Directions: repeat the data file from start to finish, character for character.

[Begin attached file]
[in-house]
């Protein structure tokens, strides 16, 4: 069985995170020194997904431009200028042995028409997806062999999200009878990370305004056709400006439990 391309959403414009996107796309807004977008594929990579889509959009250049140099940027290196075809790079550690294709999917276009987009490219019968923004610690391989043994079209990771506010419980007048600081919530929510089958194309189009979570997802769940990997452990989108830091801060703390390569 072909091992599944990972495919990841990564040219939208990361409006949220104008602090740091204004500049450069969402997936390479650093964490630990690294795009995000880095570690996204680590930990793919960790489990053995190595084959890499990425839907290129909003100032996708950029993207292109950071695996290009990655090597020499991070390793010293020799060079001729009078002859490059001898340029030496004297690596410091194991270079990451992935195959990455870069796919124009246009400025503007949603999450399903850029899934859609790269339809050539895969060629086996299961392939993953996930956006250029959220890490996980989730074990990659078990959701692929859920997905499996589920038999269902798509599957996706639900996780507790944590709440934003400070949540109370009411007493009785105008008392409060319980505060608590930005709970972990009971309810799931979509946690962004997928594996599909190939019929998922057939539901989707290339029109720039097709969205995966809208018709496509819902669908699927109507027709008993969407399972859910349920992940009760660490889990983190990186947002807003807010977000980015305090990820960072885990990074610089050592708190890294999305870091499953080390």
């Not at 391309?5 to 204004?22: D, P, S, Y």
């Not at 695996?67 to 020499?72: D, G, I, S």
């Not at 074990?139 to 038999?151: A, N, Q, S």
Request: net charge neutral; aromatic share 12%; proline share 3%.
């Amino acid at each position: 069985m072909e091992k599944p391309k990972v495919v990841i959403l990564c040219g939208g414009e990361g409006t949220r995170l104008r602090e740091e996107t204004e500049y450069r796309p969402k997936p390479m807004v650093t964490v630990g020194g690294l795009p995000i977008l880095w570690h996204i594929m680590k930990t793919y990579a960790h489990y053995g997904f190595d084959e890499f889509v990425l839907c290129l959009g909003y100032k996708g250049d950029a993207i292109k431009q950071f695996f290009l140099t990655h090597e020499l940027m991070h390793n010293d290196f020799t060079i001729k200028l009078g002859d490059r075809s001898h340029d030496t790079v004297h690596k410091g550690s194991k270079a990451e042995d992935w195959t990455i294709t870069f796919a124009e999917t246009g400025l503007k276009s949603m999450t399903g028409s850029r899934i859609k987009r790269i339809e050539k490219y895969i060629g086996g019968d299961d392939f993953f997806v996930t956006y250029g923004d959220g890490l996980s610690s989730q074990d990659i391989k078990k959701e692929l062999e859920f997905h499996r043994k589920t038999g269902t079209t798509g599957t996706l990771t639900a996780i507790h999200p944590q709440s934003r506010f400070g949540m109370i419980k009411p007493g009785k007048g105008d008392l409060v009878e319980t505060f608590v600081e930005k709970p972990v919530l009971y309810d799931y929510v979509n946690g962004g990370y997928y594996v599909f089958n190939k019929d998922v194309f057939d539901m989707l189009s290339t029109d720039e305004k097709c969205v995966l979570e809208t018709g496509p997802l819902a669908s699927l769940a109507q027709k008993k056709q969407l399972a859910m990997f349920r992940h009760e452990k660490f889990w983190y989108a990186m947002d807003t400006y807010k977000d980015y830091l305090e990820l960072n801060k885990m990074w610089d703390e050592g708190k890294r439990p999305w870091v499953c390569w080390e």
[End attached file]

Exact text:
[in-house]
């Protein structure tokens, strides 16, 4: 069985995170020194997904431009200028042995028409997806062999999200009878990370305004056709400006439990 391309959403414009996107796309807004977008594929990579889509959009250049140099940027290196075809790079550690294709999917276009987009490219019968923004610690391989043994079209990771506010419980007048600081919530929510089958194309189009979570997802769940990997452990989108830091801060703390390569 072909091992599944990972495919990841990564040219939208990361409006949220104008602090740091204004500049450069969402997936390479650093964490630990690294795009995000880095570690996204680590930990793919960790489990053995190595084959890499990425839907290129909003100032996708950029993207292109950071695996290009990655090597020499991070390793010293020799060079001729009078002859490059001898340029030496004297690596410091194991270079990451992935195959990455870069796919124009246009400025503007949603999450399903850029899934859609790269339809050539895969060629086996299961392939993953996930956006250029959220890490996980989730074990990659078990959701692929859920997905499996589920038999269902798509599957996706639900996780507790944590709440934003400070949540109370009411007493009785105008008392409060319980505060608590930005709970972990009971309810799931979509946690962004997928594996599909190939019929998922057939539901989707290339029109720039097709969205995966809208018709496509819902669908699927109507027709008993969407399972859910349920992940009760660490889990983190990186947002807003807010977000980015305090990820960072885990990074610089050592708190890294999305870091499953080390």
């Not at 391309?5 to 204004?22: D, P, S, Y």
């Not at 695996?67 to 020499?72: D, G, I, S």
């Not at 074990?139 to 038999?151: A, N, Q, S």
Request: net charge neutral; aromatic share 12%; proline share 3%.
């Amino acid at each position: 069985m072909e091992k599944p391309k990972v495919v990841i959403l990564c040219g939208g414009e990361g409006t949220r995170l104008r602090e740091e996107t204004e500049y450069r796309p969402k997936p390479m807004v650093t964490v630990g020194g690294l795009p995000i977008l880095w570690h996204i594929m680590k930990t793919y990579a960790h489990y053995g997904f190595d084959e890499f889509v990425l839907c290129l959009g909003y100032k996708g250049d950029a993207i292109k431009q950071f695996f290009l140099t990655h090597e020499l940027m991070h390793n010293d290196f020799t060079i001729k200028l009078g002859d490059r075809s001898h340029d030496t790079v004297h690596k410091g550690s194991k270079a990451e042995d992935w195959t990455i294709t870069f796919a124009e999917t246009g400025l503007k276009s949603m999450t399903g028409s850029r899934i859609k987009r790269i339809e050539k490219y895969i060629g086996g019968d299961d392939f993953f997806v996930t956006y250029g923004d959220g890490l996980s610690s989730q074990d990659i391989k078990k959701e692929l062999e859920f997905h499996r043994k589920t038999g269902t079209t798509g599957t996706l990771t639900a996780i507790h999200p944590q709440s934003r506010f400070g949540m109370i419980k009411p007493g009785k007048g105008d008392l409060v009878e319980t505060f608590v600081e930005k709970p972990v919530l009971y309810d799931y929510v979509n946690g962004g990370y997928y594996v599909f089958n190939k019929d998922v194309f057939d539901m989707l189009s290339t029109d720039e305004k097709c969205v995966l979570e809208t018709g496509p997802l819902a669908s699927l769940a109507q027709k008993k056709q969407l399972a859910m990997f349920r992940h009760e452990k660490f889990w983190y989108a990186m947002d807003t400006y807010k977000d980015y830091l305090e990820l960072n801060k885990m990074w610089d703390e050592g708190k890294r439990p999305w870091v499953c390569w080390e």